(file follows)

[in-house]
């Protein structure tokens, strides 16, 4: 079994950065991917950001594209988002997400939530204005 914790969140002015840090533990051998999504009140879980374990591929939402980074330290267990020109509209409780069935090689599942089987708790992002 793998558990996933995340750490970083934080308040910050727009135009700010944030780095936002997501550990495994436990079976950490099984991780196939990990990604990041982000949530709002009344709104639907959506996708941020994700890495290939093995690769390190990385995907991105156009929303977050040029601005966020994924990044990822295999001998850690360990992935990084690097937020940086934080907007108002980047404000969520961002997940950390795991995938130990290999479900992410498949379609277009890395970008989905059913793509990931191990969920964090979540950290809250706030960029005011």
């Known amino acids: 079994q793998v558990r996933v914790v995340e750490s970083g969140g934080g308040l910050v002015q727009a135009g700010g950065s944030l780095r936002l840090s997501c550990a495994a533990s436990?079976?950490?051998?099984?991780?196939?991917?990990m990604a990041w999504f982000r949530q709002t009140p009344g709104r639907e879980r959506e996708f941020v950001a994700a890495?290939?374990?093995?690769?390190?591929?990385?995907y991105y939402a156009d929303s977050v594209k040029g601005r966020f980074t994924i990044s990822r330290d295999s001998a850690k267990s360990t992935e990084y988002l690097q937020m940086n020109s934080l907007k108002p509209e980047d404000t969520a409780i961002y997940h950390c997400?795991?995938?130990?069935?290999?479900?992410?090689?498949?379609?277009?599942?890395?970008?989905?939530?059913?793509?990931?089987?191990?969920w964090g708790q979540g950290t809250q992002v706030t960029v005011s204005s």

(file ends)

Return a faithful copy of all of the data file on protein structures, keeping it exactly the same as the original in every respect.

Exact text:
[in-house]
């Protein structure tokens, strides 16, 4: 079994950065991917950001594209988002997400939530204005 914790969140002015840090533990051998999504009140879980374990591929939402980074330290267990020109509209409780069935090689599942089987708790992002 793998558990996933995340750490970083934080308040910050727009135009700010944030780095936002997501550990495994436990079976950490099984991780196939990990990604990041982000949530709002009344709104639907959506996708941020994700890495290939093995690769390190990385995907991105156009929303977050040029601005966020994924990044990822295999001998850690360990992935990084690097937020940086934080907007108002980047404000969520961002997940950390795991995938130990290999479900992410498949379609277009890395970008989905059913793509990931191990969920964090979540950290809250706030960029005011």
């Known amino acids: 079994q793998v558990r996933v914790v995340e750490s970083g969140g934080g308040l910050v002015q727009a135009g700010g950065s944030l780095r936002l840090s997501c550990a495994a533990s436990?079976?950490?051998?099984?991780?196939?991917?990990m990604a990041w999504f982000r949530q709002t009140p009344g709104r639907e879980r959506e996708f941020v950001a994700a890495?290939?374990?093995?690769?390190?591929?990385?995907y991105y939402a156009d929303s977050v594209k040029g601005r966020f980074t994924i990044s990822r330290d295999s001998a850690k267990s360990t992935e990084y988002l690097q937020m940086n020109s934080l907007k108002p509209e980047d404000t969520a409780i961002y997940h950390c997400?795991?995938?130990?069935?290999?479900?992410?090689?498949?379609?277009?599942?890395?970008?989905?939530?059913?793509?990931?089987?191990?969920w964090g708790q979540g950290t809250q992002v706030t960029v005011s204005s």